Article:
IT is not difficult to imagine the tension that must have been felt on the Rock during the early stages of World War II.
Take a half hour stroll around the enclave and you will be confronted with literally dozens of defensive fortifications.
There is the Wellington Front, Casemates Gates and the King’s Bastion to name just three. They are enormous in size and make those on the Somme look like a game of soldiers in contrast.
Having lived through 14 sieges during their time as keepers of the Rock, the British were understandably concerned that when Hitler declared war, they would soon be in the frontline again.
Sitting at the entrance to the Med, with wide open views across to Africa, the strategic importance of the Rock was all too plain to see.
Whoever controlled Gibraltar controlled the Mediterranean and the authorities were certain that Hitler and his right wing ally Franco were set to invade.
The fear led to a mass evacuation leaving most Gibraltarians without a home, some for as long as 10 years.
Only those with essential jobs remained behind, with the majority packed off to the UK, Northern Ireland, Madeira and even Jamaica.
Meanwhile the Allies stepped up reinforcement and miles of new tunnels and chambers were excavated creating an ‘underground city’ that could house as many as 16,000 soldiers for up to nine months.
It even contained its own power station, water supply, and hospital. And it was from here that Operation Torch – the Allied invasion of North Africa devised by Roosevelt and Churchill – was coordinated in 1942.
So concerned were they of invasion that in 1941 the Allies also launched Operation Tracer, a top-secret ‘stay-behind mission’ that was to be implemented if Gibraltar fell to the Axis Powers.
As part of the scheme, six men — two doctors, three signalmen and their leader — were to be sealed in a cave with enough supplies for a year, from where they could look out over the Straits and wire back all shipping movements.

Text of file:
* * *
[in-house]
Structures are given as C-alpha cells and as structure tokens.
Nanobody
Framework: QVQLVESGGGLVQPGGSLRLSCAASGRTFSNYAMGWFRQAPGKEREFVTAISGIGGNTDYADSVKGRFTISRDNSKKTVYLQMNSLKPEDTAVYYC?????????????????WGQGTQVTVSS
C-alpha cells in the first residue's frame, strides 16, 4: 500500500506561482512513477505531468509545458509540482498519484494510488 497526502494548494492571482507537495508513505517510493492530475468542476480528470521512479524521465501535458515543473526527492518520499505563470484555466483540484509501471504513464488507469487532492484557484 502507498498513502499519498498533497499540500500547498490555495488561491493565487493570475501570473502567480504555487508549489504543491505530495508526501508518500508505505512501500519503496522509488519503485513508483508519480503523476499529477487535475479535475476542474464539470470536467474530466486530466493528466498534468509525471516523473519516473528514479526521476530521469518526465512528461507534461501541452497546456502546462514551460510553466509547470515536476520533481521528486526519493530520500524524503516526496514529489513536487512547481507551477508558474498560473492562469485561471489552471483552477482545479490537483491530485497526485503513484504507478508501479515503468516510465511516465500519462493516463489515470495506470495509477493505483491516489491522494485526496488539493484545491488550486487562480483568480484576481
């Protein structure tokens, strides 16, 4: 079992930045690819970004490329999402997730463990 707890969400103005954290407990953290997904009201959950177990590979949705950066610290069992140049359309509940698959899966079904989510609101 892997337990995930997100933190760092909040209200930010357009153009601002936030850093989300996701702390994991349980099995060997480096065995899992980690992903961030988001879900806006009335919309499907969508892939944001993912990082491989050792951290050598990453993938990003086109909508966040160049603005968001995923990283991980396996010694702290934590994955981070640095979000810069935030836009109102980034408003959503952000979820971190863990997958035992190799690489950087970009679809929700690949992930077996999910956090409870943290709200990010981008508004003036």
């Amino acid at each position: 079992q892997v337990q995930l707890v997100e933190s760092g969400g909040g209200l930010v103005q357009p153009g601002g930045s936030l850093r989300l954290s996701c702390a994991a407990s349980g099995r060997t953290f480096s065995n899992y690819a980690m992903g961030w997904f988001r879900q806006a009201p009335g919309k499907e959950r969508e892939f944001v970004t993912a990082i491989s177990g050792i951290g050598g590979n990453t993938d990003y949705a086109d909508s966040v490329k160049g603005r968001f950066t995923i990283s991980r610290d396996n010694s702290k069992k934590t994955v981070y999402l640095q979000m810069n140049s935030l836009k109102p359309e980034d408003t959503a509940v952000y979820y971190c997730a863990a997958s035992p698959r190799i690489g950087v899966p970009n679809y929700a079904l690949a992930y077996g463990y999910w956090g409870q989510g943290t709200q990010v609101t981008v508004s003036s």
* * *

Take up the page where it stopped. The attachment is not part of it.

There was no way out and anyone who died within the chamber was to be embalmed and cemented into the walls.
Fortunately Operation Tracer was never needed as Adolf Hitler, as it turned out, was forced to turn his attention away from Gibraltar, due to General Franco.
Hitler himself had been under no illusion of the importance of the territory and hoped to launch Operation Felix, to seize Gibraltar, driving the British out and closing the Straits to the Allies.
He believed it was one of the keys to winning the war and complex plans had been drawn up in 1940.
But in an ironic twist Franco was reluctant to be dragged into the war so soon after the Civil War had crippled his own nation.
And after he backed out at the last minute, the operation was cancelled with Hitler going on to invade the Soviet Union instead.
It turned out to be a disaster and not taking Gibraltar became one of his biggest regrets.
Speaking to friends at his house in Bavaria not long before his death, he reportedly said “Gibraltar, dear friends, Gibraltar. We should have taken Gibraltar.”
Had he done so, the whole course of the war could have run very differently and Gibraltar would not be the same as it is now.
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